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Scenario

I have an SSD in my computer (250GiB), with both /boot and ///home partitions on it.

I'd like to move that into a new M.2 NVME drive which is much larger (1TiB).

The distro I'm using is Fedora 37.

my /etc/fstab looks like this:


#
# /etc/fstab
# Created by anaconda on Tue Jun 28 05:26:41 2022
#
# Accessible filesystems, by reference, are maintained under '/dev/disk/'.
# See man pages fstab(5), findfs(8), mount(8) and/or blkid(8) for more info.
#
# After editing this file, run 'systemctl daemon-reload' to update systemd
# units generated from this file.
#
UUID=5ed1bf26-ab2f-4e5a-ab5e-d2d56f5f3803 /                       btrfs   subvol=root,compress=zstd:1 0 0
UUID=a14f6d42-3a64-4f96-856c-51e0f4344481 /boot                   ext4    defaults        1 2
UUID=5ed1bf26-ab2f-4e5a-ab5e-d2d56f5f3803 /home                   btrfs   subvol=home,compress=zstd:1 0 0

lsblk looks like this:

NAME   KNAME PATH       TYPE MODEL                     STATE   RO RM HOTPLUG FSTYPE FSVER LABEL                 PTTYPE PARTTYPE PARTTYPENAME PARTLABEL PARTFLAGS   SIZE FSSIZE FSAVAIL
sda    sda   /dev/sda   disk Samsung SSD 850 EVO 250GB running  0  0       0                                    dos                                              232.9G        
├─sda1 sda1  /dev/sda1  part                                    0  0       0 ext4   1.0                         dos    0x83     Linux                  0x80          1G 973.4M  608.1M
└─sda2 sda2  /dev/sda2  part                                    0  0       0 btrfs        fedora_localhost-live dos    0x83     Linux                            231.9G 231.9G  108.3G
zram0  zram0 /dev/zram0 disk                                    0  0       0                                                                                       7.5G        

Note: both / and /home/ are subvolumes of the same partition! They're not on individual partitions as such.

Problem

How would I go about doing this, with minimal interruption to my work time? I thought I'd boot up a live distro with gparted and then move partitions over, but since there are UUIDs scattered all over my current setup, I think I might run into problems, also I'm not sure this is the preferred method.

As a bonus, I suppose, I'd like a swap partition on my hard drive, that is larger than my current amount of RAM (8GB). Currently, I only use ZRAM, but I'd like to have a swap partition that is larger (perhaps twice in size) than my current amount of RAM, so that I can safely put my computer into hibernation. Also, more swap would be quite good for my VMs, and I'm struggling running more than around two VMs, currently.

This is roughly how I think I should go about this:

  1. I thought I'd clone the current layout onto my 1TB drive, however I'm not sure which tool to use would be best, leaving a large chunk of the drive empty.
  2. I'd then create a swap partition towards the end of the un-allocated space.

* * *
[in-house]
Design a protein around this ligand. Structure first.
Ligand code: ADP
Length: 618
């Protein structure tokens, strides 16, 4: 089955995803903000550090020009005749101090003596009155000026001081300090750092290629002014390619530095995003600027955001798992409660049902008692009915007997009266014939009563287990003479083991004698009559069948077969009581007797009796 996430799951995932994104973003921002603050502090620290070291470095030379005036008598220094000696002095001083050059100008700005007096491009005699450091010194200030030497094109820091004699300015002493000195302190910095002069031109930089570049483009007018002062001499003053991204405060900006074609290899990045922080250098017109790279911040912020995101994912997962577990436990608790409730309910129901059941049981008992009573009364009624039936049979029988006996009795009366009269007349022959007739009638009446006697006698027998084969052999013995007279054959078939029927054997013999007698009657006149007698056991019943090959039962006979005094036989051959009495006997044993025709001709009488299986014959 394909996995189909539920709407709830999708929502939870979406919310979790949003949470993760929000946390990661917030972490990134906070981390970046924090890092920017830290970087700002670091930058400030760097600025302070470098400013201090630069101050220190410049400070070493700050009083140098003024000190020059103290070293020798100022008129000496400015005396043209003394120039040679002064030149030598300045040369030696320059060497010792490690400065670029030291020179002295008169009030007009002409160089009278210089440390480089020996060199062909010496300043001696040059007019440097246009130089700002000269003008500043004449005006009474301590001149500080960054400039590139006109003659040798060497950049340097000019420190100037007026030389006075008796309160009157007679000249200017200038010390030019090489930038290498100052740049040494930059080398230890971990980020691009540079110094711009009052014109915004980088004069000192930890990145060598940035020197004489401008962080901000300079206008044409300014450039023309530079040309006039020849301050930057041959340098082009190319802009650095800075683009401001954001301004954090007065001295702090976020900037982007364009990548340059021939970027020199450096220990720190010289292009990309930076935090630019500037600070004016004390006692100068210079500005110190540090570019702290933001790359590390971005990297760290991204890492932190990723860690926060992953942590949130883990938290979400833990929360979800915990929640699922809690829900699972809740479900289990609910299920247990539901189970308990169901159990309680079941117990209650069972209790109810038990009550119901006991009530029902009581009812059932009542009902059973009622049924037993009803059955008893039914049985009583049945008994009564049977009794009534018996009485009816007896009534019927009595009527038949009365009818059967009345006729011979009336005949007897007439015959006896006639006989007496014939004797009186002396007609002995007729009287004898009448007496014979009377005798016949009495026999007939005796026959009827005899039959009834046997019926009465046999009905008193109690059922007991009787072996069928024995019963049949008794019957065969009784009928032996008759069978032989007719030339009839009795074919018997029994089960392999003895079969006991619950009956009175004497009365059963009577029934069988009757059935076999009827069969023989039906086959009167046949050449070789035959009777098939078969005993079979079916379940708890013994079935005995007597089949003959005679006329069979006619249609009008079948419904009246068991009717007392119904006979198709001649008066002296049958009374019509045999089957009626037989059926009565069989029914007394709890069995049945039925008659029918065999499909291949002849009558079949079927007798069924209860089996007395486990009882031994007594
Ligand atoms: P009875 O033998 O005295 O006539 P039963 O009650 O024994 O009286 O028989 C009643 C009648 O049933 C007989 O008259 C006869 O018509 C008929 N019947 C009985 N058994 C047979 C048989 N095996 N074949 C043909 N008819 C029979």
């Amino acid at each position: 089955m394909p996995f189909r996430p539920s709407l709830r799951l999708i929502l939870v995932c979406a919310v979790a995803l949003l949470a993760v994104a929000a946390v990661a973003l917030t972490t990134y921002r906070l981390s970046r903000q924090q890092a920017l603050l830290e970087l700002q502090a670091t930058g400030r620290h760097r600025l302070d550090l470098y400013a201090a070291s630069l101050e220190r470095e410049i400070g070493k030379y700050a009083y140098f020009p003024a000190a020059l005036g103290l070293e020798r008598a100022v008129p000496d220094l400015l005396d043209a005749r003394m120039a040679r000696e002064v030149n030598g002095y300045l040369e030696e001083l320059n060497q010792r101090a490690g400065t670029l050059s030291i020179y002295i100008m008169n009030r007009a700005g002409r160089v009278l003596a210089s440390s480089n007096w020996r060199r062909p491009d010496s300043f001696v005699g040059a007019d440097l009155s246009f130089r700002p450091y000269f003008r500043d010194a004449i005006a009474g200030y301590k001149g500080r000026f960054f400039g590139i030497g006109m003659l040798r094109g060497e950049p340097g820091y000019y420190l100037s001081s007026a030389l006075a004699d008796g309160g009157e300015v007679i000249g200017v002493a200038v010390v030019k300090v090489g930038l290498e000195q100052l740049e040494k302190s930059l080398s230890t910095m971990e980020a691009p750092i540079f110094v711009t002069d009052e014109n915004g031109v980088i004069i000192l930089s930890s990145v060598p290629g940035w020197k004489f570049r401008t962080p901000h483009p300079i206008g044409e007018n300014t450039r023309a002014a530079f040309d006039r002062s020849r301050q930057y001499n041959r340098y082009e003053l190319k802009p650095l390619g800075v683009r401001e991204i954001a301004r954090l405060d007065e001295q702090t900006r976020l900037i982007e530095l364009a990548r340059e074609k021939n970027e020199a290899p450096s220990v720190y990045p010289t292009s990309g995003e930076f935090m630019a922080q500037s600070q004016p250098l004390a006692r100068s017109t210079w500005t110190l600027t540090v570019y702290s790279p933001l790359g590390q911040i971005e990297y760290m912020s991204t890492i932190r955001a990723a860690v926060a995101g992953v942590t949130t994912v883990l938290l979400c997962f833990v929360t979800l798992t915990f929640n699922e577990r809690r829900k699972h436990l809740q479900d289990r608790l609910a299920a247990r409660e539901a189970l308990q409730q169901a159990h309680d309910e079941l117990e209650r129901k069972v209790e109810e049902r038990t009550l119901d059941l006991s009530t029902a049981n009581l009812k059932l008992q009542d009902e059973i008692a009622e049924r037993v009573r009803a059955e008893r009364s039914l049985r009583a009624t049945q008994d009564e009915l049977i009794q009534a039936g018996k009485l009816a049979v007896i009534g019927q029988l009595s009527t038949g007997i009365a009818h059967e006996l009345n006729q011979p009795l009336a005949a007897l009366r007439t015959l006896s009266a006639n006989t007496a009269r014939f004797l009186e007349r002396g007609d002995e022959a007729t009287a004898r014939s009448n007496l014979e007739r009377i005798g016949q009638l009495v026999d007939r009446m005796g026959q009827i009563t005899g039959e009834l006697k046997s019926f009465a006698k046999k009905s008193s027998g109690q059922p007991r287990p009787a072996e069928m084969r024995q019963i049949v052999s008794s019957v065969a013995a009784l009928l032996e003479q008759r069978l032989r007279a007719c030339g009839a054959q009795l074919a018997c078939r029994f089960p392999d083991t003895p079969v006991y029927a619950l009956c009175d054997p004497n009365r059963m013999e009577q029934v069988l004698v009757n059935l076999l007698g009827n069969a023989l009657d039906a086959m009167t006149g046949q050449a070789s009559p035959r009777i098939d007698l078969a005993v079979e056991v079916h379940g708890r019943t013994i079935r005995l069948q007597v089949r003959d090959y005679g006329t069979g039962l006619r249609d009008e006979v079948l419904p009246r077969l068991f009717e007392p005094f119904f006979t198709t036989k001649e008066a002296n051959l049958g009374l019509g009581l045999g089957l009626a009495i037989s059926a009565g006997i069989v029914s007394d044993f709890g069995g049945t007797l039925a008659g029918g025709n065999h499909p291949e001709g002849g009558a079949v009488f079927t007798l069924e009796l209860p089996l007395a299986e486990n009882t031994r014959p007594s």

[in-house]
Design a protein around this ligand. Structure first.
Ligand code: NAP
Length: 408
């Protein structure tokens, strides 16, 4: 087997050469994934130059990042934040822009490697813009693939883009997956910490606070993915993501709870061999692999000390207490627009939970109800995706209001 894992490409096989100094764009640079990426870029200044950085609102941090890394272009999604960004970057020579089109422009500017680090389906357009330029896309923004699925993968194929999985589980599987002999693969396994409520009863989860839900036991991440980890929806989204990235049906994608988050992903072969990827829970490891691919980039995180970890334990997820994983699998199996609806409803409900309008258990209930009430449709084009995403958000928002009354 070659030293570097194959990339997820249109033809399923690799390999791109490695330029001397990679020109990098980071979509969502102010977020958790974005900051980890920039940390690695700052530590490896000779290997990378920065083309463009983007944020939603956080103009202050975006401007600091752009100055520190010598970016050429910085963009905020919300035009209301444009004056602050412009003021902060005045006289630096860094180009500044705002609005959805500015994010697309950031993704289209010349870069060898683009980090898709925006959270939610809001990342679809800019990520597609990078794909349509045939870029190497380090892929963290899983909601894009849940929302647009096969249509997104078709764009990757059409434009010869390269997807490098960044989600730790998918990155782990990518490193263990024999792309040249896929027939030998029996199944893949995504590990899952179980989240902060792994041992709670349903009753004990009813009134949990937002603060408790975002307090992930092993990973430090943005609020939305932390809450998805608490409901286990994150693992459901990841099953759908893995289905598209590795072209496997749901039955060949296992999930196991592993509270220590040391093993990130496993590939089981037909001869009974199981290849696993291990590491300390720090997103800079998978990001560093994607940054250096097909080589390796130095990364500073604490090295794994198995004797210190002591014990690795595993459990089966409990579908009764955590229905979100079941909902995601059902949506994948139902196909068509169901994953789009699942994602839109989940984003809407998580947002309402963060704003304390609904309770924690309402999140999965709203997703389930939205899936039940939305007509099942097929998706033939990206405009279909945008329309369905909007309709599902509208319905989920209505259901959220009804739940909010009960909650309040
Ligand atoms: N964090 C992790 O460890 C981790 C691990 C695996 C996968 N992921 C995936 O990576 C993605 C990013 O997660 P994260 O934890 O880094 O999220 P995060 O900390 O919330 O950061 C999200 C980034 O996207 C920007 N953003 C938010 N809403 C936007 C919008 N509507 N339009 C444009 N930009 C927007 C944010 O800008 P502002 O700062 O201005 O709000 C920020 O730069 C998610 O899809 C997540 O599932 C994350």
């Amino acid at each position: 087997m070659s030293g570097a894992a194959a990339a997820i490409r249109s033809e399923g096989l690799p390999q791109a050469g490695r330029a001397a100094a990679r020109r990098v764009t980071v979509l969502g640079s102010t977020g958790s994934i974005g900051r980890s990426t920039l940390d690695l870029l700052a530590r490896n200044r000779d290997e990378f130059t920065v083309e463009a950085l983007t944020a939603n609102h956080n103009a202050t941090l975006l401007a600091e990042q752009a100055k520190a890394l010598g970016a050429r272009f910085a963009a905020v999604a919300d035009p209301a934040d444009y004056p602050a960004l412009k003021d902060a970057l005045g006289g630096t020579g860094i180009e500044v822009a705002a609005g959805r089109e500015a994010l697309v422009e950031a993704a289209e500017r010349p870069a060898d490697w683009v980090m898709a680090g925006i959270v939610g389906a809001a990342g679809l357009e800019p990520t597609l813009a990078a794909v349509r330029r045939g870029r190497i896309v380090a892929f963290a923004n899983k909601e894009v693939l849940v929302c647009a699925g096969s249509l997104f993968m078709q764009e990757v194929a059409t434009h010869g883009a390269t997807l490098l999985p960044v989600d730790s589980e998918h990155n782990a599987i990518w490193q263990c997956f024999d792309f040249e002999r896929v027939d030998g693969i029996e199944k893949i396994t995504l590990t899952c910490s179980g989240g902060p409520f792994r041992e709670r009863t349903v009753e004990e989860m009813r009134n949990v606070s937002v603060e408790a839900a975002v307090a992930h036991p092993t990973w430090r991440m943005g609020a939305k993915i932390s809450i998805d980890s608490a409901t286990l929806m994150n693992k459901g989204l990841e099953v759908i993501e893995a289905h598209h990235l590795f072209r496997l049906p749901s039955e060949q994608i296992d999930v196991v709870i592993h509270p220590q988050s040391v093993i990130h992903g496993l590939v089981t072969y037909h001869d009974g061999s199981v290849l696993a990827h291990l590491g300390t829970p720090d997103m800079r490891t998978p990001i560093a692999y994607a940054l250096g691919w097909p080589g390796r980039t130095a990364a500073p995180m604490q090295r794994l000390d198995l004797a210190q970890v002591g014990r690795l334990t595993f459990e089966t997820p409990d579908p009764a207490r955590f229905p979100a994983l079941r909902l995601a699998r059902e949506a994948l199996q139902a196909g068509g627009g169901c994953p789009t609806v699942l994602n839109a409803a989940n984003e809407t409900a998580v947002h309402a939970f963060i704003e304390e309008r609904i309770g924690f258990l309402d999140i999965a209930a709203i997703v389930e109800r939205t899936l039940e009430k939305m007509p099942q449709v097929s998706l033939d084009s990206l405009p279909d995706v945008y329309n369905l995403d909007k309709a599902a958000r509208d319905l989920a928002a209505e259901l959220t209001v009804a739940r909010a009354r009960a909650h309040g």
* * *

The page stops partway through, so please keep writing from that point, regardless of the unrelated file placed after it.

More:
3. And then enlarge my /dev/sda2 partition, so that I can use the entirety of my drive, etc.

Please advise the order of procedure (step 0 would be to create a backup, obviously), as well as the tools I should perhaps try out, etc.

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2 Answers 2

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The simplest method would be to:

  1. Boot a live ISO like gparted
  2. Bare-metal copy the 250G SATA SSD to the NVMe SSD
  3. Unplug the SATA SSD
  4. Boot from the NVMe
  5. Verify everything still works
  6. Resize the partition to max
  7. btrfs filesystem resize max /

Optional but recommended further steps:

  1. Reboot to live ISO again
  2. Plug the SSD in again
  3. blkdiscard the SATA SSD
  4. Format the SATA SSD with something new

Important gotchas:

  1. After cloning, do not mount the filesystem while both disks are connected. (A boot will mount the filesystem!)
  2. It doesn't matter how you clone the disk. You could even use cp. All that matters is that it's a 1:1 copy
  3. Use /dev/disk/by-id/ nodes whenever you need to enter a disk on the CLI. Makes it much less error-prone.
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or

  1. Add another target disk if you don't have enough local space for the Clone file:
sudo mkdir /media/disk
sudo mount /dev/sdb1 /media/disk
sudo chmod ugo+wx /media/disk
  1. Zero out free space https://unix.stackexchange.com/a/506097/518235

    then Clone used space only

 sudo dd if=/dev/xvda bs=16M conv=sparse,noerror | pv | sudo pigz -c > /media/disk/TargetImg.dd.gz

Alternative dd option if no pv: status=progress

  1. Transfer locally using cp / rsync see 8) or a remote Target:
 sshpass -p "xxxxxxxxx" scp TargetImg.dd.gz [email protected]:/home/fedora | pv -lep -s 42
  1. Restore (locally or remotely):
 sudo pigz -cdk TargetImg.dd.gz | pv | sudo dd of=/dev/sdb bs=16M
  1. or optionally convert disk format to e.g Virtual Machine of choice:
 sudo dnf install qemu 
 sudo qemu-img convert -O vmdk TargetImg.dd TargetImg.vmdk -p
  1. Optional HD resize e.g on an ESXi host:
 vmkfstools -X 100G "TargetImg.vmdk"
  1. Local sync between 1st & 2nd or old & new drives is also possible:
sudo rsync -aHAXS \
--filter='-x security.selinux' \
--no-compress \
--no-inc-recursive \
--stats \
--numeric-ids \
--info=progress2 \
/media/disk/ \
/

source: stackoverflow et al

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